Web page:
“But if the performer is composing, what has the composer done?” In the two stage process of design then do, the composer has designed an instrument and its sounds so that the performer can do the music. As part fo the design, the composer has defined the connections between the performer’s controls and the musical variables. The composer has determined, in other words, what happens when the performer does this or that…
i think the book paints a good picture of developments up to that point.
i jumped back into this book after zipping through Tom Wolfs Electric Kool Aid Acid Tests and followed it up with about half (so far) of The San Franciscon Tape Music Center (TSFTMC).
where i saw Electric Sound heading is where the market itself has gone – domestic.
the latter quotes above are pointing that way and that’s the area that appeals to me.
i have found this journey of electric music to computer music to be very academic, but have noticed a couple of interesting connections to underground rock and other forms of music production and consumption…
there’s mention of the band Brainticket and a little computer program on P321,
i have quoted above about The Edge from U2,
Peter Gabriel is also mentioned with regard to CD-ROM projects on P333
along with the U2 MAX controlled lazerdiscs in their live shows during the 90s…
the book was printed in 97.
there’s also mention in TSFTMC of dual roles in the underground rock scene in 60s SF and composers of ‘serious’ music (p246 – Bernstein talking about the SF rock underground during the chapter on Stuart Brand.

this reading is leaving me wanting to know more about the cross-over and use of electric music techniques in more mainstream musics.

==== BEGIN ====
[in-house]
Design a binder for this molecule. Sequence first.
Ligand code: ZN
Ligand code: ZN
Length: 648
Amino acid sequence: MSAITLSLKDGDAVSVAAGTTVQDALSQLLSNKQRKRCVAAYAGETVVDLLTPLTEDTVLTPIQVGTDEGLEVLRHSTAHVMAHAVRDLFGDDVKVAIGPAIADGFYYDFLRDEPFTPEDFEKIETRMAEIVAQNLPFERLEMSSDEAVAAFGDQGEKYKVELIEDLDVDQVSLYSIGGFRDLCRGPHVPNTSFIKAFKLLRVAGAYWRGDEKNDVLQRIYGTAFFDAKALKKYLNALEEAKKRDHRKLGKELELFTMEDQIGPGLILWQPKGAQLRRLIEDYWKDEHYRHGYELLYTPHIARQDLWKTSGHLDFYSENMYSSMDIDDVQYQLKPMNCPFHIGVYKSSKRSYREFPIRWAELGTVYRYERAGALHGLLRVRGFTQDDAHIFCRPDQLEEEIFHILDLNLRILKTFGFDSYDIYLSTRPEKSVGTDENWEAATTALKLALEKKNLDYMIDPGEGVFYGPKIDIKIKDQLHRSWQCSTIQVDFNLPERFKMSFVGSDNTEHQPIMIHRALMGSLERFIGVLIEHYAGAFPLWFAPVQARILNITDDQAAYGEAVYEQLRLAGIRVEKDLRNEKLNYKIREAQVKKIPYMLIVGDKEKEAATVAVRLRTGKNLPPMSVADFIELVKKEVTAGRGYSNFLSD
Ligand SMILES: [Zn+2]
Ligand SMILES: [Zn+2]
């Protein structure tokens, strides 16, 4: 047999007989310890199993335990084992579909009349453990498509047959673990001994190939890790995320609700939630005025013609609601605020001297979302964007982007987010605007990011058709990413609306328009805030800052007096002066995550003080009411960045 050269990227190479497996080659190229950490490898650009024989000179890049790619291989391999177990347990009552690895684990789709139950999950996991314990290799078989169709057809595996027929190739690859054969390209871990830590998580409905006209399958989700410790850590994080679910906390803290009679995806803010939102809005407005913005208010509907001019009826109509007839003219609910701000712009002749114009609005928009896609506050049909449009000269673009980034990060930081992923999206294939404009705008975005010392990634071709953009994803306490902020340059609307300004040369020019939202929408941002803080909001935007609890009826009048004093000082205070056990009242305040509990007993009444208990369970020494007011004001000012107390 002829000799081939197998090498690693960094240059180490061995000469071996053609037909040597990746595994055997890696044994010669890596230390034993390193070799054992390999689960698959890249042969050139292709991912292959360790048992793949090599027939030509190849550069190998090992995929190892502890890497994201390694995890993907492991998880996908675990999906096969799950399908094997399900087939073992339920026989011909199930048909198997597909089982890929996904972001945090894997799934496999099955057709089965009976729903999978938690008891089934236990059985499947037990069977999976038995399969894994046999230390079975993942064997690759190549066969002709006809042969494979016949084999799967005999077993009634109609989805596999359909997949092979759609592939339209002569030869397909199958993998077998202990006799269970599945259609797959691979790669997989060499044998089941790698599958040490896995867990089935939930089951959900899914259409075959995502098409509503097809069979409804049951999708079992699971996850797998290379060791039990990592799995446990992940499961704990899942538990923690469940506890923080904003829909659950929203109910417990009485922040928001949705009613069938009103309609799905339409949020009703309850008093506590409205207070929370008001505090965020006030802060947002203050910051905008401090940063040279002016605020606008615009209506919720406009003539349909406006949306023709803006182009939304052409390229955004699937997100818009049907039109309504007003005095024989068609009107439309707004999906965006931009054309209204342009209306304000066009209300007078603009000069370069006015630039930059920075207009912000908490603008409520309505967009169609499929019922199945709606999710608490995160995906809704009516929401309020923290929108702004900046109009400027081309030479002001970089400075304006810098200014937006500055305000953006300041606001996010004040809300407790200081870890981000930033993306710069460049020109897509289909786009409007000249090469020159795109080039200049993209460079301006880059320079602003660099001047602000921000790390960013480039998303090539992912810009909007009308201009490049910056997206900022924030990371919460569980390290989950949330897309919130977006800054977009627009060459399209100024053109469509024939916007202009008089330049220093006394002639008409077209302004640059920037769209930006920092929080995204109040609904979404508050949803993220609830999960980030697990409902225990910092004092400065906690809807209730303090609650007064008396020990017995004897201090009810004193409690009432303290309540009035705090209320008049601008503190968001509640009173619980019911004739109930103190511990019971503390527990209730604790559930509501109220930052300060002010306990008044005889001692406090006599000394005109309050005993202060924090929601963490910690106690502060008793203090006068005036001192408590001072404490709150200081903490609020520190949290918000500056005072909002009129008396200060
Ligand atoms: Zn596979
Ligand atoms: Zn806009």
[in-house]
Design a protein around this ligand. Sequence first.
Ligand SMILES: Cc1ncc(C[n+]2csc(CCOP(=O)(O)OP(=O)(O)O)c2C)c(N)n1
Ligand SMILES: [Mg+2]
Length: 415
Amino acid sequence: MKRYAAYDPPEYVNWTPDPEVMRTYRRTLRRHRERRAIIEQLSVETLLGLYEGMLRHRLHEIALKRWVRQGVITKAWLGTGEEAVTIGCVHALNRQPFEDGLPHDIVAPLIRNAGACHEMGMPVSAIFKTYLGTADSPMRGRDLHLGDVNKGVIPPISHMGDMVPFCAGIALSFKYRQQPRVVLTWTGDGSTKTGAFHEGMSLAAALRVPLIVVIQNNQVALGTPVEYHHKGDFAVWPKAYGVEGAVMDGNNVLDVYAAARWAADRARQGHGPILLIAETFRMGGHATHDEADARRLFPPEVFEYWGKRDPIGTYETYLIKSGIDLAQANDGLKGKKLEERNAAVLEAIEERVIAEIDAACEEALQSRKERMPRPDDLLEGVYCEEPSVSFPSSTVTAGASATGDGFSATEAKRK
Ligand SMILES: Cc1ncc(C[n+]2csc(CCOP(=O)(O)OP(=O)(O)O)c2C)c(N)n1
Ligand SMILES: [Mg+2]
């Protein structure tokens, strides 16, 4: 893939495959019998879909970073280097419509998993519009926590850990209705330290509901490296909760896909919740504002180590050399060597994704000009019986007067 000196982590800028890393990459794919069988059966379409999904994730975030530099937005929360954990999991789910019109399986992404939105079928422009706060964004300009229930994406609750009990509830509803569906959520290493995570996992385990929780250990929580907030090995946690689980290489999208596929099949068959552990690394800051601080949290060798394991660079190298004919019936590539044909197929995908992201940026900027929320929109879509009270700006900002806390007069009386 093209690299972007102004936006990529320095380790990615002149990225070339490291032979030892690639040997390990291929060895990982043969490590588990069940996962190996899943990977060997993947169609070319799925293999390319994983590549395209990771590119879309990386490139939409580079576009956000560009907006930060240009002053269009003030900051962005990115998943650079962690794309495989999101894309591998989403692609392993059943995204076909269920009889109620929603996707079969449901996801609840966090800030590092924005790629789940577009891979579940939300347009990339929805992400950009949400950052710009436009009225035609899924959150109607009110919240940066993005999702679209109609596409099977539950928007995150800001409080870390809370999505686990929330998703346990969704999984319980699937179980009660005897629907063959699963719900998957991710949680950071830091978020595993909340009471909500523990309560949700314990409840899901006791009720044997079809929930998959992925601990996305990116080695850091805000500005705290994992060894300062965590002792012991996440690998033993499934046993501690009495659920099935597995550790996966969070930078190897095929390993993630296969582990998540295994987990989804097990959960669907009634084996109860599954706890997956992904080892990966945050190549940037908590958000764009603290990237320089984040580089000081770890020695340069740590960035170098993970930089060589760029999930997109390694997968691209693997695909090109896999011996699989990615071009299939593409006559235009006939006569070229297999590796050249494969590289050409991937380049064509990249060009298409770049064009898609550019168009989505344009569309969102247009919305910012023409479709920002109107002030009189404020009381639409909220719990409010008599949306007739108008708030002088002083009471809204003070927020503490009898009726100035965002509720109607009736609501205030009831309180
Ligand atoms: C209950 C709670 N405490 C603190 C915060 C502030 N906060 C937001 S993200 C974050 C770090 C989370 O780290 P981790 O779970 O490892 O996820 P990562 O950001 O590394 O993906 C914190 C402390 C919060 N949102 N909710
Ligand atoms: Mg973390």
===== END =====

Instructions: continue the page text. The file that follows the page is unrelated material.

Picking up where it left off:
i guess that once i have finished reading TSFTMC, i should tuck in to The Art Of Electronic Music as there’s plenty in there – interviews with Klaus Schulze etc…
it’s also leaving me with a desire to create some of my own music or sound producing tools.
i have had a go at this physically with circuit bending Speak N Spells, also my MA work revolved around MAX/MSP which spilled into a bit of stuff for Semiconductor and further fiddles around sample manipulation etc.
so there’s a couple of avenues to persue at some point from here:
obviously building software in something like MAX, Reaktor or Supercollider etc.
and also, perhaps ‘obviously’ again, building some hardware stuff like one of the Gakken project synths and even getting stuck into one of those Klee sequencer kits…
from a music production perspective though, i also need to get stuck into making some sounds, so, and i have mentioned this in another post, about producing a sound track of some sort.
i also like the idea of creating a bank of sounds in response to a book or something and ‘composing’ the sounds in some form or other…
both PKD and Cage used the I Ching as a tool for composing in both their respective areas, so maybe this is something i could look into as well…
now, what was the book PKD wrote using the I Ching..?
…The Man In The High Castle